If I'm going to properly confess my sins, I'll need to start at the beginning. In the beginning were the campaign promises, and let's just say that only flies and loyal partisans could stand the smell of them.
"I will promise you this, that if we have not gotten our troops out by the time I am president, it is the first thing I will do. I will get our troops home. We will bring an end to this war. You can take that to the bank." Thus spoke candidate Obama, and he hit the same theme over and over again at countless campaign events.
When failed to pull out of Iraq, Senator Obama in 2007 said that Congress should overrule the president and end the war in order to represent the American people. Amen, brother!
What candidate Obama explained in serious interviews was a little different. He said repeatedly that he would begin a withdrawal his first month in office, pull out one to two brigades per month and be done in 16 months. That would have been back in May.
The above is from David Swanson's "I'm Sorry I Called Obama a Liar on Iraq Too Soon" (War Is A Crime) and good for Swanson for calling out the non-end of the illegal war. It's amazing, as Elaine noted last night, just how much silence there is in the face of the spin machine proclaiming 'War Is Over wink-wink.'
One of the key threads in the last three days coverage has been the absence of Iraqis from the coverage. On the networks, only NBC Nightly News with Brian Williams featured a report from Iraq and only Jane Arraf (Christian Science Monitor) on PRI's The Takeaway yesterday and Kathleen Hennessey and Liz Sly (Los Angeles Times) have noted the reactions of Iraqis to the speech to any real degree. This morning, you can add Anthony Shadid (New York Times) to the list:
"Wherever the Americans go, the situation is going to stay the same as it was," said Abdel-Karim Abdel-Jabbar, a 51-year-old resident of the Sunni neighborhood of Adhamiya, where insurgents overran another checkpoint last week, burning the bodies of their victims and planting the same black banner. "If anything, it's going to deteriorate.
"The peace Obama's talking about is the peace of the Green Zone," he added.
Arwa Damon (CNN -- link has text and video) reports on Mawj whose family have remained in Baghdad and who finds an escape when she plays the guitar: "When I play guitar, I feel like I am in a different world. A completely different world."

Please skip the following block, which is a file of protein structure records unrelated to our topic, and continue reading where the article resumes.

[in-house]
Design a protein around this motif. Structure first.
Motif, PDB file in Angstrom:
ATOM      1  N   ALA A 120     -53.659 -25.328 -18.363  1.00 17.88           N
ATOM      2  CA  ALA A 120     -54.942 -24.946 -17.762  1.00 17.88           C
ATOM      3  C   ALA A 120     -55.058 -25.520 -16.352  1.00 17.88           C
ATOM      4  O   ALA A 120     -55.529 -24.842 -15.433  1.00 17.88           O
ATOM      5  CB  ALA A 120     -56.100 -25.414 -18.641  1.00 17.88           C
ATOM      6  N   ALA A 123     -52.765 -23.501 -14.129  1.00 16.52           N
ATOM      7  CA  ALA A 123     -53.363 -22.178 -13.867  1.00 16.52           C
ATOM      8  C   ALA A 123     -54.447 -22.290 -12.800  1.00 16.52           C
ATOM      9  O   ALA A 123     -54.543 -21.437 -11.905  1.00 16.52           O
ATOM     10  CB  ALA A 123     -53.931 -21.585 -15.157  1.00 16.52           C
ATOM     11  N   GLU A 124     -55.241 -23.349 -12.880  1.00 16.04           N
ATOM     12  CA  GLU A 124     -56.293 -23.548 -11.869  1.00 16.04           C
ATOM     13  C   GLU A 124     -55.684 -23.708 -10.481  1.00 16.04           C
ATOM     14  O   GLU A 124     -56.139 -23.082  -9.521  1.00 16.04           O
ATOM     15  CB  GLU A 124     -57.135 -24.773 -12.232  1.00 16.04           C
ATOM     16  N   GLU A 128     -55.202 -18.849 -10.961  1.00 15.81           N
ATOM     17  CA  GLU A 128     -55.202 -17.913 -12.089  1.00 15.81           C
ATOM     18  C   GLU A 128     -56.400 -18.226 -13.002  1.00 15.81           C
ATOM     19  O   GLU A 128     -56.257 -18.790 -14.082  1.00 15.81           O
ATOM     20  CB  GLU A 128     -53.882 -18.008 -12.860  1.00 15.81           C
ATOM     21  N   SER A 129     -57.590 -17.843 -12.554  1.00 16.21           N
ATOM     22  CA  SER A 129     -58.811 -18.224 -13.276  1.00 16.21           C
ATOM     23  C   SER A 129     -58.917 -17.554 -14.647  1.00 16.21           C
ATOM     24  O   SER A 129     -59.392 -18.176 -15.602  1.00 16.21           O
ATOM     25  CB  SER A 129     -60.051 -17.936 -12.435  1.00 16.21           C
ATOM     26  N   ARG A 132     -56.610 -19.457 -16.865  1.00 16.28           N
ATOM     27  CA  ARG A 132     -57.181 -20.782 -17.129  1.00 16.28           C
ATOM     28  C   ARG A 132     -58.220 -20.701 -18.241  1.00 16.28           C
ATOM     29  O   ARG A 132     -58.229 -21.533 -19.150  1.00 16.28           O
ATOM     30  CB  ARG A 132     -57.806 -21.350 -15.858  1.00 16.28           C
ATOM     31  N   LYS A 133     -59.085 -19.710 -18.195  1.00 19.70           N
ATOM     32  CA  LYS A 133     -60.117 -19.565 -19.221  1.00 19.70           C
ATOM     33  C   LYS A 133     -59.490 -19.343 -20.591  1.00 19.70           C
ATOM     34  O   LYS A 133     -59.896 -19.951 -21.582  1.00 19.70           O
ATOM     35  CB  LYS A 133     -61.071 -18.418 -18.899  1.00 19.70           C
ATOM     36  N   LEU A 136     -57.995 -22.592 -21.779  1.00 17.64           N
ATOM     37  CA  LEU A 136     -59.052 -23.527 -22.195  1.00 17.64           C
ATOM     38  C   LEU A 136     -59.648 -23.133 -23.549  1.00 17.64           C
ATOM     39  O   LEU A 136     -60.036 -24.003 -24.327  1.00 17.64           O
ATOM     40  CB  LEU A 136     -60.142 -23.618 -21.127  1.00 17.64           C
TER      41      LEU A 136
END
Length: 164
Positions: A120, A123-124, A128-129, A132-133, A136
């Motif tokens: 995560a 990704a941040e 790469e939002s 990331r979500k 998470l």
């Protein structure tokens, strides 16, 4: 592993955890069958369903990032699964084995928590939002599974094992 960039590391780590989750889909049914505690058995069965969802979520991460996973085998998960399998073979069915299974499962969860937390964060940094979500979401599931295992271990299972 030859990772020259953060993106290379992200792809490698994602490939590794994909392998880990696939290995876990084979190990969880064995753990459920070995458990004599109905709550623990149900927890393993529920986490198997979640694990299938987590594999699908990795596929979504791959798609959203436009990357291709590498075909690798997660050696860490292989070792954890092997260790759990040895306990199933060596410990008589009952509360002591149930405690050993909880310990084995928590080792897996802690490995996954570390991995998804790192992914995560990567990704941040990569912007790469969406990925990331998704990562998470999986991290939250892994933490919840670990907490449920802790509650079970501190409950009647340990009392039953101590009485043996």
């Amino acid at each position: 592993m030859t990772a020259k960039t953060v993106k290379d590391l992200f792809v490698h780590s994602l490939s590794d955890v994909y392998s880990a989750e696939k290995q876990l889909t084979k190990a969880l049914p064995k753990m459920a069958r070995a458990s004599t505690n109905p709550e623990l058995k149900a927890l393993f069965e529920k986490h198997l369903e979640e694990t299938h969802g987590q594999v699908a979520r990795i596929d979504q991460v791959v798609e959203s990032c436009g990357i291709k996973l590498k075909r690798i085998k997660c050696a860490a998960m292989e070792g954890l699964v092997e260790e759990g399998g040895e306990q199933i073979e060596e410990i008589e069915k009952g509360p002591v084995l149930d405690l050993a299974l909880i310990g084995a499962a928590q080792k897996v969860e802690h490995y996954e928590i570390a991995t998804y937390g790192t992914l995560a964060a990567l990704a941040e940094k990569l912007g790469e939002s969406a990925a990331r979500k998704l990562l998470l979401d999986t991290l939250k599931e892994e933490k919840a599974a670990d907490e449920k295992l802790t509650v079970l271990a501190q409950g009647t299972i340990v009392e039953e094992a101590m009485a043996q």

On the political front, Salam Faraj (AFP) reports that Ayad Allawi's Iraqiya is supposed to be in a better position currently as a result of the split between the Iraqi National Alliance and State of Law over Nouri's insistance that he remain prime minister. March 7th, Iraq concluded Parliamentary elections. Three months and two days later, still no government. 163 seats are needed to form the executive government (prime minister and council of ministers). When no single slate wins 163 seats (or possibly higher -- 163 is the number today but the Parliament added seats this election and, in four more years, they may add more which could increase the number of seats needed to form the executive government), power-sharing coalitions must be formed with other slates, parties and/or individual candidates. (Eight Parliament seats were awarded, for example, to minority candidates who represent various religious minorities in Iraq.) Ayad Allawi is the head of Iraqiya which won 91 seats in the Parliament making it the biggest seat holder. Second place went to State Of Law which Nouri al-Maliki, the current prime minister, heads. They won 89 seats. Nouri made a big show of lodging complaints and issuing allegations to distract and delay the certification of the initial results while he formed a power-sharing coalition with third place winner Iraqi National Alliance -- this coalition still does not give them 163 seats. They are claiming they have the right to form the government. It's four months and five days and, in 2005, Iraq took four months and seven days to pick a prime minister. It's now 4 months and 28 days.
We'll go out with the Senate Democratic Policy Committee. The DPC video page has new videos on energy, small business and other topics. We'll note Senator Byron Dorgan who is the chair of the DPC.
We'll close with the opening to Sherwood Ross' "Hiroshima" (LA Progressive):
I am the Reverend Kiyoshi Tanimoto
A graduate of Emory College, Atlanta,
Pastor of the Methodist Church of Hiroshima
I was in a western suburb when the bomb struck
Like a sheet of sunlight.
Fearing for my wife and family
I ran back into the city
Where I saw hundreds and hundreds fleeing
Every one of them hurt in some way.
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